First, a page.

Monday, 29 October 2007

Abortion matters (2)

Abortion is getting the most public discussion that we have seen for a while. If you are not sure why, it is primarily because this month was the 40th Anniversary of the 1967 Act which legalised women's right to abortion, and there is a forthcoming Human Embryology and Tissue Bill which provides opportunities for legislation to be included which could and should improve and extend women's rights. Much media attention has focused on reducing the time limit, despite there being no reliable scientific evidence about this being necessary.

Brook is involved in a consortia of organisations called Voice for Choice. Together we are working together to secure these improvements which include extending the law to Northern Ireland so women have the same rights there as the rest of Britain; removing the requirement for two doctors to authorise the procedure; and increasing the range of professionals and the range of health settings where abortions can be carried out.

And there is a another job for us to do at Brook, and that is to find out more about the specific issues for young women relating to abortion, and particularly to understand more about when medical abortion or surgical abortion is most appropriate and to understand more about what works in supporting them before, during and after either process.

There is no room for complacency on abortion rights. We need a strong united voice in support of women's rights. Make sure you are part of that voice.

Friday, 5 October 2007

Beautiful Within...

Finding happiness and confidence within your own skin, ( is the name of Brook’s ambassador, Mica Paris’ new book. In the introduction she states ‘every woman has it in her to create the life she really wants. We can do whatever we like, be anything we choose. All that stops us is that we don’t think we can.’ How sadly true for so many people young and old today.

When I was growing up I used to visit an ‘old lady’ Mrs O’Brien, mostly on Sundays. She probably has no idea how much she influenced me by regaling with her stories of love, loss, happiness, the importance of grabbing your chances and most importantly to remember there were always choices. Thank you Edith! I often talked of the problems and difficulties of ‘a friend’ and went away confident in my decision (sometimes to find she was wrong and I was in trouble!). But too many people don’t have an Edith.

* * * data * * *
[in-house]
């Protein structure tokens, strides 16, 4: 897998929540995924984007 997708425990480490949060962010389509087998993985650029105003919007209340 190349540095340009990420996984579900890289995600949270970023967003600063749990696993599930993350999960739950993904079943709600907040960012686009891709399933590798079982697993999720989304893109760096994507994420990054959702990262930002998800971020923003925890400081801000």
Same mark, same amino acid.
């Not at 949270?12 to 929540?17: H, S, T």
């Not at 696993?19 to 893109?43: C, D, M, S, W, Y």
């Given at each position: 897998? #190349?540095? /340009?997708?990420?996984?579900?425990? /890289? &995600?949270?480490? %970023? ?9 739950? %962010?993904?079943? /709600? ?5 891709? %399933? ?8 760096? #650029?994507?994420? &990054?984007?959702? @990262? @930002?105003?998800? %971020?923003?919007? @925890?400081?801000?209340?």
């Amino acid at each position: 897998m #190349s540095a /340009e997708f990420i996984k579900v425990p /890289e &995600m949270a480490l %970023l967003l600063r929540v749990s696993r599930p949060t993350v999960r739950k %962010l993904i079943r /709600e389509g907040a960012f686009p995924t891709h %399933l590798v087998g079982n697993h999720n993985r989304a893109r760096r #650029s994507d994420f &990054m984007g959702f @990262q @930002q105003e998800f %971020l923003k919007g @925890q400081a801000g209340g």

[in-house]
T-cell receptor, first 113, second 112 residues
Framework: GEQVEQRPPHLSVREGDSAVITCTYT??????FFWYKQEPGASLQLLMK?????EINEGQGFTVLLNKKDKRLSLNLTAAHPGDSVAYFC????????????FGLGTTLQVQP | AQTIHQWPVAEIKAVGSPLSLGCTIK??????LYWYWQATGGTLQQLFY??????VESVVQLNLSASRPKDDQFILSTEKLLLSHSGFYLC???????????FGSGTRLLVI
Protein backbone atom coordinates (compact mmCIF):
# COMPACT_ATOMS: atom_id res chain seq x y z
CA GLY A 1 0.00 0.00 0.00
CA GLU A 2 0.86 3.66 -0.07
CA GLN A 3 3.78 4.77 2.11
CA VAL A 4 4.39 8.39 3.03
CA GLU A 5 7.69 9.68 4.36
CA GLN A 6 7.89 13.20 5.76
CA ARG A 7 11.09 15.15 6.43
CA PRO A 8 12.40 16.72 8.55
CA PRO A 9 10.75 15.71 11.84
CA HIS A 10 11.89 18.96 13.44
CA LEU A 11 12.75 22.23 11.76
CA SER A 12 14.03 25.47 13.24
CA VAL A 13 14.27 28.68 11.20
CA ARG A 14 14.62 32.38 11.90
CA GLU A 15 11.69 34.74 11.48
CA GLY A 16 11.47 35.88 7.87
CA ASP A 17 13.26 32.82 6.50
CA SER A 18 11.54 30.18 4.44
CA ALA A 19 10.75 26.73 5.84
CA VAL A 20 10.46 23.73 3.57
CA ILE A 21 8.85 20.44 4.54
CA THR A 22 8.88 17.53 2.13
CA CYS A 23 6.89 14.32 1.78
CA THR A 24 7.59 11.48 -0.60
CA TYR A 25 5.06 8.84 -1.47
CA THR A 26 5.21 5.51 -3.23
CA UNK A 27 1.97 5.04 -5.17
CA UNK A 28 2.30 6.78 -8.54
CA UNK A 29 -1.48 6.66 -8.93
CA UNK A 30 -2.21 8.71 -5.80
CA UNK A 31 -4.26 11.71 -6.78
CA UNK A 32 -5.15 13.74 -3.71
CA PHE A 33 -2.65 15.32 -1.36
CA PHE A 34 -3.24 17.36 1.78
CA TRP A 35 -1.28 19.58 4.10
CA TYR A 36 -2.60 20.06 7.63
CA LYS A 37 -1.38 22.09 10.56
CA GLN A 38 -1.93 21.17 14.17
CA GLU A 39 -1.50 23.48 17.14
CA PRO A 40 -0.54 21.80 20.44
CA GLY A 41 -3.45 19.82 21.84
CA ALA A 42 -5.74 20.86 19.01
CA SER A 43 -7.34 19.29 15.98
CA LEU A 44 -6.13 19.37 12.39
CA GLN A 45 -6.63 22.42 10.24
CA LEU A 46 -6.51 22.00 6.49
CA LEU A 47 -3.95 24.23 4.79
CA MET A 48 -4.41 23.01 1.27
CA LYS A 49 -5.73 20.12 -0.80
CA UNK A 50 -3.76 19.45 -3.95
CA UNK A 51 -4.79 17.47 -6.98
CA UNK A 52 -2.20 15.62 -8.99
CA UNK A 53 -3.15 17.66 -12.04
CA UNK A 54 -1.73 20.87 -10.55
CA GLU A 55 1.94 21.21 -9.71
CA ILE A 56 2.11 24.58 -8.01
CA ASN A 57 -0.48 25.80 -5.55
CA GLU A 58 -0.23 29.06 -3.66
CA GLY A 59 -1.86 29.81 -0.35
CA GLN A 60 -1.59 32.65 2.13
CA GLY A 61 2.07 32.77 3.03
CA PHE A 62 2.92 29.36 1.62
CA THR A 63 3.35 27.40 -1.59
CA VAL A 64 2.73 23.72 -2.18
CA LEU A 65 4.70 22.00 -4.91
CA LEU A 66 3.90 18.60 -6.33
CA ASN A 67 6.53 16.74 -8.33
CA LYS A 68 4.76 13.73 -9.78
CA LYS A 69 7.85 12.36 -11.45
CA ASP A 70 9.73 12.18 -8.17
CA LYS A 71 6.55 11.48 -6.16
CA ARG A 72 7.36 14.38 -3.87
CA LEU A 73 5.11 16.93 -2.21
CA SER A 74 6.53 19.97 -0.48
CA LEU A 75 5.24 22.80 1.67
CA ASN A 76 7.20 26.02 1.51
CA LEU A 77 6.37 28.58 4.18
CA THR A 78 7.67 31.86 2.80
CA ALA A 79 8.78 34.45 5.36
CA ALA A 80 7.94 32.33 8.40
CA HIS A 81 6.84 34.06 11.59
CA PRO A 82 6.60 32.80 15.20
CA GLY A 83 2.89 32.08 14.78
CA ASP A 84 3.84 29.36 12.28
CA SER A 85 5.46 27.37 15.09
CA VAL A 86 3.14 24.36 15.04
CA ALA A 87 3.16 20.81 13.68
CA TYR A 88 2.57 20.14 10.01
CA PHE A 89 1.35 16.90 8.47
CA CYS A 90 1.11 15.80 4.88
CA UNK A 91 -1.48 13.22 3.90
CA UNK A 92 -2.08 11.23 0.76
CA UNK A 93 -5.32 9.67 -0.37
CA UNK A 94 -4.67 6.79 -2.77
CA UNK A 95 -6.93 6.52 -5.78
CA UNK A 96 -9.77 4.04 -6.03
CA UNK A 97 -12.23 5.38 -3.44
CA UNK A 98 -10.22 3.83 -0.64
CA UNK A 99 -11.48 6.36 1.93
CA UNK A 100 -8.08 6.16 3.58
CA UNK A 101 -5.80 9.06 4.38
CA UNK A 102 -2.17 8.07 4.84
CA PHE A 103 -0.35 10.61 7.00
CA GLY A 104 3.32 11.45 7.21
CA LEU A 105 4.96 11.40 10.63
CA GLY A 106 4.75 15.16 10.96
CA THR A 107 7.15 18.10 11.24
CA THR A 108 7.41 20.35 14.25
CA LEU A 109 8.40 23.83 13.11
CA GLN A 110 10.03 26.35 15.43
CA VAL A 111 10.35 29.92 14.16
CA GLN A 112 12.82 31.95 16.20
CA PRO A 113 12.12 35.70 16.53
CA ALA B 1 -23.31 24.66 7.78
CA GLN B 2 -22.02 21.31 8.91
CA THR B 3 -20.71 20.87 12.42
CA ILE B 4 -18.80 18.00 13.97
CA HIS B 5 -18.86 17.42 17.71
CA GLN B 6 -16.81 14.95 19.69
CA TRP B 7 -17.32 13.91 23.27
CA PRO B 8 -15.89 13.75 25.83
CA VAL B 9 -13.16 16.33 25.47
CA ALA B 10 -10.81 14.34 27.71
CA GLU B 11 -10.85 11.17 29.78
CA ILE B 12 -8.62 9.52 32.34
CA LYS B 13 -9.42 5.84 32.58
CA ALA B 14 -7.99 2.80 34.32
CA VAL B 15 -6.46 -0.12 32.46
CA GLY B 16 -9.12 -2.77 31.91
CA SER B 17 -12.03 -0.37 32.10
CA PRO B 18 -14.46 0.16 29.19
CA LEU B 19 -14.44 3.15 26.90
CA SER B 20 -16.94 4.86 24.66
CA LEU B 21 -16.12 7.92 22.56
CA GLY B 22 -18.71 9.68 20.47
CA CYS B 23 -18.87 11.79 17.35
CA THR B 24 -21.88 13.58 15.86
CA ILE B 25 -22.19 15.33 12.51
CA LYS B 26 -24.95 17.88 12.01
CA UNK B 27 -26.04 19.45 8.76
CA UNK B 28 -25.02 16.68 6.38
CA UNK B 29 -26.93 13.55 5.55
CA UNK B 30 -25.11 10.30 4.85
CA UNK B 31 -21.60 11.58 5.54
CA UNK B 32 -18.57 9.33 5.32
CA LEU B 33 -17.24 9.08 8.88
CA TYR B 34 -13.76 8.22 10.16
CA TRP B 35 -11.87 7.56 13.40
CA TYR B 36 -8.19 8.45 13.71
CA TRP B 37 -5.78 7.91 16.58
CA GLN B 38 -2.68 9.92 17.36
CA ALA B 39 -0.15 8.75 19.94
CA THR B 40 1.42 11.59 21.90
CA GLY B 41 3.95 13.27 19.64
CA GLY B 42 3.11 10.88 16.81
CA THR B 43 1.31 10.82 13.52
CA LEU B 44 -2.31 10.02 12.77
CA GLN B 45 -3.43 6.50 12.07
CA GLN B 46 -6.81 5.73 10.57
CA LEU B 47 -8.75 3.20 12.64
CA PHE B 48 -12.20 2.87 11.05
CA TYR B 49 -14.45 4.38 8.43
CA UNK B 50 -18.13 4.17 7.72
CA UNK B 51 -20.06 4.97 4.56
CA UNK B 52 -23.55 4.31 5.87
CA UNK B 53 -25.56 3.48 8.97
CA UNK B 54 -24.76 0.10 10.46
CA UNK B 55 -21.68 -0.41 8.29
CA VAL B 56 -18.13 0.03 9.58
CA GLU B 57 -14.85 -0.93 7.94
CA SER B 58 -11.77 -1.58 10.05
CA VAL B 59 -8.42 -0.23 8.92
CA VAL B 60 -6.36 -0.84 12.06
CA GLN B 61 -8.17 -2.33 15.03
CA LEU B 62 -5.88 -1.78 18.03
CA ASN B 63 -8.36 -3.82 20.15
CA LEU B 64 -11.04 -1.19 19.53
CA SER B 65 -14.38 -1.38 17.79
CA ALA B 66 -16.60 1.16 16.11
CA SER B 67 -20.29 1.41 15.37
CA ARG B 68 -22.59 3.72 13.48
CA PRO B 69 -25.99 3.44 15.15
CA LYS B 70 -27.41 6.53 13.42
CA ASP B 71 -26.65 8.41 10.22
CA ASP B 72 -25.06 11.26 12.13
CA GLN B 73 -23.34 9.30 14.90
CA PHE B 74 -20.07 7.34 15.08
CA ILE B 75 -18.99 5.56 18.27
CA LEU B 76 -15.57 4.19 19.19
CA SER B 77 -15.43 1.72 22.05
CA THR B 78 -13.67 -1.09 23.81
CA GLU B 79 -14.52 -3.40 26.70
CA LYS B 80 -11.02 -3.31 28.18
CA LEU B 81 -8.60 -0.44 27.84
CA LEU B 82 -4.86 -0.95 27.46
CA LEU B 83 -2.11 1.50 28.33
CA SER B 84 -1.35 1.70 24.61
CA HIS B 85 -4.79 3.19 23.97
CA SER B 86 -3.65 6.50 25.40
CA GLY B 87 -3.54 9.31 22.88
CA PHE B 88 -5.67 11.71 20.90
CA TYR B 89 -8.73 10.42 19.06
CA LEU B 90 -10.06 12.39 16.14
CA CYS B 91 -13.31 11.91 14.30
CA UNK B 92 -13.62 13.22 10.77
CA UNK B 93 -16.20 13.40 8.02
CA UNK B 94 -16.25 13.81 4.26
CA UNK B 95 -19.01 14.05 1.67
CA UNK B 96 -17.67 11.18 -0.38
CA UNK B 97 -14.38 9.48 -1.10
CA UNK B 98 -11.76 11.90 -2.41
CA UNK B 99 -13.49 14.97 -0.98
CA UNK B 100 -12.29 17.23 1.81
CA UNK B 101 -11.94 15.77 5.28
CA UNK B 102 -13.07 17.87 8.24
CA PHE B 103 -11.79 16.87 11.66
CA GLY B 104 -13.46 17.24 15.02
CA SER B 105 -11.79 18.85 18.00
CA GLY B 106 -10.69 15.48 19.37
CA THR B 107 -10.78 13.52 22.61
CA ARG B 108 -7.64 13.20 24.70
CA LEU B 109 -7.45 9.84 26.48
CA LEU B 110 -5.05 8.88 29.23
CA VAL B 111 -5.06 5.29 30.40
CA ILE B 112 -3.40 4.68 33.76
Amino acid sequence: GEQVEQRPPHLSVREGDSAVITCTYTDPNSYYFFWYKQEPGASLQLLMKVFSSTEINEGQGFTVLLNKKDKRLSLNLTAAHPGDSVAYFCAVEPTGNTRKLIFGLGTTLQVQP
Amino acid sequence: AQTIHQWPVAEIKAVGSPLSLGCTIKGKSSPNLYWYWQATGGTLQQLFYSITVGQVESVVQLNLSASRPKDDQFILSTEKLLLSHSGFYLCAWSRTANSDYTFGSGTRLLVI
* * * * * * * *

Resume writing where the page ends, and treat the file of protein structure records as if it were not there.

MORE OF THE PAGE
And at Brook we see many of those young people without the confidence and self esteem, or the emotional and social skills to take control of their lives. Their dreams shattered by their experience of love and care, pressure and influence, they lose confidence and hope, and settle for second best in all areas of their lives, including sex and relationships.

Brook’s mission is ‘to enable all people to make informed choices about their personal and sexual relationships so that they can enjoy their sexuality without harm’. It is our joint belief and commitment that (young people) have the power to create the life they want that has led us to work together.

Mica’s story provides many practical ideas and personal insights that will be helpful for women, young women and for those that work with them. At Brook we look forward to working with Mica to change the world by helping young people change it for themselves. If I take anything from the book it is a reminder that there is nothing ‘nice’ about hiding talent, nothing brilliant about ‘settling for our lot’ and that sometimes choices are difficult and life it tough, but with a dollop of courage and lots of support there is always hope for fulfilment and happiness.

Wednesday, 3 October 2007

We get what we expect

In 2001 I went on a sex education study tour to the United States of America. I met with a range of people working in the USA including Kristin Luker, a researcher from California who has done significant research on teenage pregnancy. Amongst many interesting and helpful points she said 'you get what you expect from young people'.

Expect them to be rude, feckless, 'hoodies', drunken and that is what you get. Expect them to be thoughtful, hopeful, engaged and brilliant and they will be. I was reminded of her point earlier this week when talking to a young person excluded from school and finding life at a Pupil Referral Unit a bit tough. I asked him what he thought his chances of getting back to school this year were . His reply went something like, 'i have been written off. School doesn't want me, here they don't expect me to turn up very often, and my mum has given up.'

He went on to say that even if he tried to sort things out now he won't get the chance - he is labelled. I wonder how the conversation would have gone if through effective relationship somebody had touched the imagination of this nice young man - helped him to believe in himself and found something he was brilliant at and interested in.

Only if we expect the best for young people, and let them(and all the people who are cynical and suspicious of them) know we want and expect the best for them and from them, only then we will our young dream of a world they want. And when people dream we know brilliant things happen.